HANOI (Reuters) - A court in Vietnam on Tuesday sentenced a man to eight years in prison after finding him guilty of uploading anti-state posts on his Facebook account, the security ministry said.
Despite sweeping economic reform and increasing openness to social change, Vietnam’s ruling Communist Party retains tight media censorship and tolerates little criticism.
Nguyen Quoc Duc Vuong, 29, was charged with “making, storing, spreading information, materials, items for the purpose of opposing the state” at a one-day trial in the Central Highlands province of Lam Dong, the Ministry of Public Security said in a news release.
Vuong was accused of livestreaming 110 hours of videos and writing 366 posts on his Facebook account to smear the image of Ho Chi Minh, Vietnam’s founding leader, and spread anti-state propaganda, the ministry said.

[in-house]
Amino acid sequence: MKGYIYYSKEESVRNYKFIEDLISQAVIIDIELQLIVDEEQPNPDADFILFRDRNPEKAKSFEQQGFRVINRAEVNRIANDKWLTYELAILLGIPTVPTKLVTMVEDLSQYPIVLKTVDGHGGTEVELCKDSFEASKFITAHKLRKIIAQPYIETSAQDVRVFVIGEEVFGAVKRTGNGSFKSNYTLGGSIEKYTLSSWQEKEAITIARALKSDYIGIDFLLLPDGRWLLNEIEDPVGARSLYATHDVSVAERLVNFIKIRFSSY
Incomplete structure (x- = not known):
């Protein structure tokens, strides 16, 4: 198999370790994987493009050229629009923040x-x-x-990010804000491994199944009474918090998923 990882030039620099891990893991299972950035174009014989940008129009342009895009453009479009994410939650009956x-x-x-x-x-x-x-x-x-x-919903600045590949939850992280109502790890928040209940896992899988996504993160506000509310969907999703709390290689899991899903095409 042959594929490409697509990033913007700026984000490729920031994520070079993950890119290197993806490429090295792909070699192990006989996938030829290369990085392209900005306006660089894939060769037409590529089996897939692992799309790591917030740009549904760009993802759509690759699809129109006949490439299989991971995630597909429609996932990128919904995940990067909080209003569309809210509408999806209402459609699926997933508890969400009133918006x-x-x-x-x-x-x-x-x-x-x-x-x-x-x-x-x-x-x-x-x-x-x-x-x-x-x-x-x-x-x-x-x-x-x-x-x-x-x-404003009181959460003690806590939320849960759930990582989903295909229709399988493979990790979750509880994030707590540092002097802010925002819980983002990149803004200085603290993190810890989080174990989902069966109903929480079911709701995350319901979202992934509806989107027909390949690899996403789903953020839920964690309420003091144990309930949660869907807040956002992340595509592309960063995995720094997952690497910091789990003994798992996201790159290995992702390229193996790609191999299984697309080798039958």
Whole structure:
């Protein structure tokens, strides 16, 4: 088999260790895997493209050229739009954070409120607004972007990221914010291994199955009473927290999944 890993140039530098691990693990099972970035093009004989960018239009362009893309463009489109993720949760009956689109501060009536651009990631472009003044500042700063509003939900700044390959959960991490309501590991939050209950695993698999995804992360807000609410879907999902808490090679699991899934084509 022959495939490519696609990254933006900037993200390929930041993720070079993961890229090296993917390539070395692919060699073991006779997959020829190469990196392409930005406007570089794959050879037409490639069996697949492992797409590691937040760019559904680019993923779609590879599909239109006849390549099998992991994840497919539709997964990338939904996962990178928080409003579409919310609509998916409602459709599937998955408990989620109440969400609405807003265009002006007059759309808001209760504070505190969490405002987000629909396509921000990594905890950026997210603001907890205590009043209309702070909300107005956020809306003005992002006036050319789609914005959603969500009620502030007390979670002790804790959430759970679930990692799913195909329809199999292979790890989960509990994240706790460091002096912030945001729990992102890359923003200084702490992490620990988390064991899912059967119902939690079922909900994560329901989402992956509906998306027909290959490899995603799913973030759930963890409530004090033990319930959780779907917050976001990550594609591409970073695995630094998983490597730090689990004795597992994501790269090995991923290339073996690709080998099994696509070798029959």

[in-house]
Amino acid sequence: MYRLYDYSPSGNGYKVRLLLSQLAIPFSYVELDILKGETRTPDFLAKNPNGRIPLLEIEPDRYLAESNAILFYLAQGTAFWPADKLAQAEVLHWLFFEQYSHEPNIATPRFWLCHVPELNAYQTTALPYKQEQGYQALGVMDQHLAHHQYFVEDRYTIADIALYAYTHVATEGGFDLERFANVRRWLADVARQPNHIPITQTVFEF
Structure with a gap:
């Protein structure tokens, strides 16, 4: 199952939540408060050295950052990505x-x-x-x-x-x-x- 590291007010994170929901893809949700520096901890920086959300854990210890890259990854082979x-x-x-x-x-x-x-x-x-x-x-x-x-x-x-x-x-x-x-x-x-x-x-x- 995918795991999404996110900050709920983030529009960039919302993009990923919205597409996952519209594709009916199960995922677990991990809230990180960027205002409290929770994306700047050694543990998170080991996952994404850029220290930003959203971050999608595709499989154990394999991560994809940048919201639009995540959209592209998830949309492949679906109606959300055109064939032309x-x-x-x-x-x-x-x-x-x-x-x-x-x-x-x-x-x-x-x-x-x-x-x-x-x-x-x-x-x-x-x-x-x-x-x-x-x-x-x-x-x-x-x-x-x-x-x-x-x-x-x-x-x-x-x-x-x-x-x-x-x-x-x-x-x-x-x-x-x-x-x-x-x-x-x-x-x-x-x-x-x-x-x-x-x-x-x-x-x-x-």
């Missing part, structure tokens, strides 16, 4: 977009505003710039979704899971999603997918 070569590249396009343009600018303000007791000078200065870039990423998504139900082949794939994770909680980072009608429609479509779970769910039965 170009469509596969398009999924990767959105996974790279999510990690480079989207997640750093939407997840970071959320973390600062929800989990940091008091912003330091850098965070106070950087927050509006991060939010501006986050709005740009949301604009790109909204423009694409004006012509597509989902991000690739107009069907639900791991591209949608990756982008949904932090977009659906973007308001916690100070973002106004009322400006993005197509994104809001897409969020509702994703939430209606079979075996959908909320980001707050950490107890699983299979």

Reuters could not reach Vuong’s lawyer for comment.
Phil Robertson, Deputy Asia Director at Human Rights Watch, said Vuong’s sentencing was “outrageous and unacceptable”.
“Vietnam must recognise that expressing political views contrary to Communist Party line should not be a crime,” he said in an email statement.
The court will also place Vuong under three years of house arrest after serving his jail term, the ministry said.
Arrests of political activists in Vietnam have steadily increased since late last year as Vietnam gears up for a key Party congress in January 2021.
Reporting by James Pearson; Editing by Ed Davies
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